High and mul­ti­ple tax­a­tion, un­pre­dictable pol­icy, high cost of en­ergy and labour have ham­pered ex­pan­sion.”

The East African - - BUSINESS -

Phyl­lis Waki­aga, KAM in the do­mes­tic mar­ket, with Kenya for in­stance only manag­ing to ex­port 18 per cent of its man­u­fac­tured goods, with the EAC mar­ket ac­count­ing for six per cent and the rest of world 12 per cent.

More crit­i­cally, the struc­ture of the sec­tor has meant that it can­not with­stand shocks rang­ing from in­crease in elec­tric­ity tar­iffs, to high taxes, trans­porta­tion costs and more sig­nif­i­cantly im­ports from China.

The sit­u­a­tion of man­u­fac­tur­ers has not been made any bet­ter by the un­prece­dented surge in il­licit, sub­stan­dard and coun­ter­feit prod­ucts in the mar­ket, a men­ace that has hit some man­u­fac­tur­ers hard.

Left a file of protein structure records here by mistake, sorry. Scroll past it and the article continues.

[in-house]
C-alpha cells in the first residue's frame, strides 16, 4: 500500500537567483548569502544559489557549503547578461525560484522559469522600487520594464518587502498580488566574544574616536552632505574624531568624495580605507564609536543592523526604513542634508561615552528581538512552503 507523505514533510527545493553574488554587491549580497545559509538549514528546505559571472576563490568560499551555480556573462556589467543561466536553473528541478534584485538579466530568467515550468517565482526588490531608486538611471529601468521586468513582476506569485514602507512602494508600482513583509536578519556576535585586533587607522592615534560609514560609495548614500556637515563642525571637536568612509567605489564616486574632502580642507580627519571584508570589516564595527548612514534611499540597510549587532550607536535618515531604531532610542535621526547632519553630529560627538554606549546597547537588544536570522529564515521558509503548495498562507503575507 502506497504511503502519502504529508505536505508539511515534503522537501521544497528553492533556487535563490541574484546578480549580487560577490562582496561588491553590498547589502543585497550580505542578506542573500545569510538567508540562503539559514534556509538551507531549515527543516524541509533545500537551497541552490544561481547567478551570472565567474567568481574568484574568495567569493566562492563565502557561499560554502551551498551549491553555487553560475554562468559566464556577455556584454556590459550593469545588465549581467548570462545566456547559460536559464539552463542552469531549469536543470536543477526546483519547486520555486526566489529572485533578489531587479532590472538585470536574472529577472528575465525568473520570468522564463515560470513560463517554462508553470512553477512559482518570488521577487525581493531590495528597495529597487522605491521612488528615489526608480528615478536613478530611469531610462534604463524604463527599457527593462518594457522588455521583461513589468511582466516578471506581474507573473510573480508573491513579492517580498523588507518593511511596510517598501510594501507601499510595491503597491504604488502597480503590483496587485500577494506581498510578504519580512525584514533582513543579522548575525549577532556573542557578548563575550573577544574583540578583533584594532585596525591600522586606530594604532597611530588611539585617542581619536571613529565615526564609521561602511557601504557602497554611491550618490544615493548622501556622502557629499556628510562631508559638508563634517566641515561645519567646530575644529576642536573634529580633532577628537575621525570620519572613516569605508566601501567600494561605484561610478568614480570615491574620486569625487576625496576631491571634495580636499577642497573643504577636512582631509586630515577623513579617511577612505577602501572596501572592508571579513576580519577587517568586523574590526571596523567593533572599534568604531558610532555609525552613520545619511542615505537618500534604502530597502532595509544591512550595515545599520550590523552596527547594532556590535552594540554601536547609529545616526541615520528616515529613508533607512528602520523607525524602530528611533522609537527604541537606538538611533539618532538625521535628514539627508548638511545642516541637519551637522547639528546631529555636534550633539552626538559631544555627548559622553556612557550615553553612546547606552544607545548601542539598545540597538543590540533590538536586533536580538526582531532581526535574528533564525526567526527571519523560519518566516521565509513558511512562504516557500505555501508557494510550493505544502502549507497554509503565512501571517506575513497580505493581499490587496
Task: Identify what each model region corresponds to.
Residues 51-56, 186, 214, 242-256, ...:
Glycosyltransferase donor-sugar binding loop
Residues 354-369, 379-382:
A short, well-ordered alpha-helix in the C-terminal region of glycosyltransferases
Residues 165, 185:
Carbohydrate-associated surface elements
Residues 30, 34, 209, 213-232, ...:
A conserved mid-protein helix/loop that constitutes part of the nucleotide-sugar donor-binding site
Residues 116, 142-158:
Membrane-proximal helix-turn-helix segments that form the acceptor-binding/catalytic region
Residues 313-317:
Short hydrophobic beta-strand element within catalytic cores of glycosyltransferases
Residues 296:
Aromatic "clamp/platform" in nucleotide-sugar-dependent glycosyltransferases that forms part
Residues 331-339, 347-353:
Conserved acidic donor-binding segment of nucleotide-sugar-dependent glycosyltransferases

In Kenya, it is es­ti­mated that man­u­fac­tur­ers lose up to 40 per cent of mar­ket share, 50 per cent of rev­enue and 10 per cent of com­pany rep­u­ta­tion due to the pro­lif­er­a­tion of coun­ter­feits, with the gov­ern­ment los­ing about $80 mil­lion in tax rev­enue an­nu­ally.

In Kenya, the re­cent in­crease in elec­tric­ity tar­iffs by 30 per cent and in­tro­duc­tion of value added tax on petroleum prod­ucts is pos­ing real threats that could fur­ther crip­ple the strug­gling man­u­fac­tur­ing sec­tor.

“The busi­ness en­vi­ron­ment in Kenya is in­creas­ingly be­com­ing cost dis­ad­van­taged. To stay afloat, busi­ness will have to make very hard and dras­tic de­ci­sions of whether to shoul­der the ex­tra cost or pass the tax bur­den onto al­ready over­bur­dened con­sumers in or­der to meet their over­head costs,” noted Ms Waki­aga.

While do­mes­tic chal­lenges have been es­ca­lat­ing, the open­ing of the East Africa mar­kets to cheap im­ports has been the last straw on the camel’s back.

In­deed, a sur­vey by KAM early this year showed that 63 per cent of man­u­fac­tur­ers cited cheap im­ports as the big­gest threat to their com­pet­i­tive­ness.

Sta­tis­tics show the value of Kenya’s im­ports from China stood at $3.8 bil­lion last year with Tan­za­nia’s im­ports stand­ing at $1.5 bil­lion and Uganda $985 mil­lion.

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